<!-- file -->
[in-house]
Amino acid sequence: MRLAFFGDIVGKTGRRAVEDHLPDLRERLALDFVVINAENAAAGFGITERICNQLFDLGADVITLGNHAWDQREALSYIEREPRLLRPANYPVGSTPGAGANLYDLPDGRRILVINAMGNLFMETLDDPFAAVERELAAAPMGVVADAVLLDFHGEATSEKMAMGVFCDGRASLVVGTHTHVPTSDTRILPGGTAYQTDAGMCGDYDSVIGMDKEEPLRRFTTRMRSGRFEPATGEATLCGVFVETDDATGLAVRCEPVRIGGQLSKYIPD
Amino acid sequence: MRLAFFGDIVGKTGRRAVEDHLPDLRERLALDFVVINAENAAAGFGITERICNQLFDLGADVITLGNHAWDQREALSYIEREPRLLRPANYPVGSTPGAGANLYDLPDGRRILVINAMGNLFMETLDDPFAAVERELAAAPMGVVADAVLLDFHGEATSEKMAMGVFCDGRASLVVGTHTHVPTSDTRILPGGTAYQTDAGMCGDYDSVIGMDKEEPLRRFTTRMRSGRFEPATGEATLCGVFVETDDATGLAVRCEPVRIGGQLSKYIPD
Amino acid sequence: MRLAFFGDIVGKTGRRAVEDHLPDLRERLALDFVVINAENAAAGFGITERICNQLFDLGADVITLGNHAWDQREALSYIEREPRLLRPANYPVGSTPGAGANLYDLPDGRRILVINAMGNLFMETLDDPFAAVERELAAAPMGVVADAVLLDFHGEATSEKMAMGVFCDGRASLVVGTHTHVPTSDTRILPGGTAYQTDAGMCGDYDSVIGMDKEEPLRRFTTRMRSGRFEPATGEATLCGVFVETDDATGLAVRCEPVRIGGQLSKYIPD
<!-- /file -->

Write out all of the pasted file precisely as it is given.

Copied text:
[in-house]
Amino acid sequence: MRLAFFGDIVGKTGRRAVEDHLPDLRERLALDFVVINAENAAAGFGITERICNQLFDLGADVITLGNHAWDQREALSYIEREPRLLRPANYPVGSTPGAGANLYDLPDGRRILVINAMGNLFMETLDDPFAAVERELAAAPMGVVADAVLLDFHGEATSEKMAMGVFCDGRASLVVGTHTHVPTSDTRILPGGTAYQTDAGMCGDYDSVIGMDKEEPLRRFTTRMRSGRFEPATGEATLCGVFVETDDATGLAVRCEPVRIGGQLSKYIPD
Amino acid sequence: MRLAFFGDIVGKTGRRAVEDHLPDLRERLALDFVVINAENAAAGFGITERICNQLFDLGADVITLGNHAWDQREALSYIEREPRLLRPANYPVGSTPGAGANLYDLPDGRRILVINAMGNLFMETLDDPFAAVERELAAAPMGVVADAVLLDFHGEATSEKMAMGVFCDGRASLVVGTHTHVPTSDTRILPGGTAYQTDAGMCGDYDSVIGMDKEEPLRRFTTRMRSGRFEPATGEATLCGVFVETDDATGLAVRCEPVRIGGQLSKYIPD
Amino acid sequence: MRLAFFGDIVGKTGRRAVEDHLPDLRERLALDFVVINAENAAAGFGITERICNQLFDLGADVITLGNHAWDQREALSYIEREPRLLRPANYPVGSTPGAGANLYDLPDGRRILVINAMGNLFMETLDDPFAAVERELAAAPMGVVADAVLLDFHGEATSEKMAMGVFCDGRASLVVGTHTHVPTSDTRILPGGTAYQTDAGMCGDYDSVIGMDKEEPLRRFTTRMRSGRFEPATGEATLCGVFVETDDATGLAVRCEPVRIGGQLSKYIPD